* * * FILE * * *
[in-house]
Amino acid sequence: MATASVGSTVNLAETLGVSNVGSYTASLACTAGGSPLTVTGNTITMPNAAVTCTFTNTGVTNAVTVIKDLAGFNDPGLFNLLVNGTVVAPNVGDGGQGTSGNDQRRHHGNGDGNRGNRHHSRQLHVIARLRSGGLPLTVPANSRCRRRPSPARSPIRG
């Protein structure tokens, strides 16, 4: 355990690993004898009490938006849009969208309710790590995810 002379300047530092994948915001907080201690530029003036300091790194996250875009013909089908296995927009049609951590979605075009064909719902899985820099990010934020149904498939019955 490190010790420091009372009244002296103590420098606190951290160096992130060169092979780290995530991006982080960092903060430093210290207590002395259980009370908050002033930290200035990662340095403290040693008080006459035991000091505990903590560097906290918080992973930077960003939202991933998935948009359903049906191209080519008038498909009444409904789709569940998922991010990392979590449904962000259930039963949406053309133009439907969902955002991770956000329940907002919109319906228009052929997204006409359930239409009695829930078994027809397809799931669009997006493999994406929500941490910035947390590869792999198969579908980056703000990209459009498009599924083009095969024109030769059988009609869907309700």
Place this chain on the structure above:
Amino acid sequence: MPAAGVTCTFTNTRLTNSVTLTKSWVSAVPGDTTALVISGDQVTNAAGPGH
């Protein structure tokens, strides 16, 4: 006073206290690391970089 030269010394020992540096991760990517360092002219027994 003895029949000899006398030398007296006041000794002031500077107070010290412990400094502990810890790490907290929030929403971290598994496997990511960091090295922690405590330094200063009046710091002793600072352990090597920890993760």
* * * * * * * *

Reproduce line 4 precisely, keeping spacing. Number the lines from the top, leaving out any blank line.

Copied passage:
Place this chain on the structure above: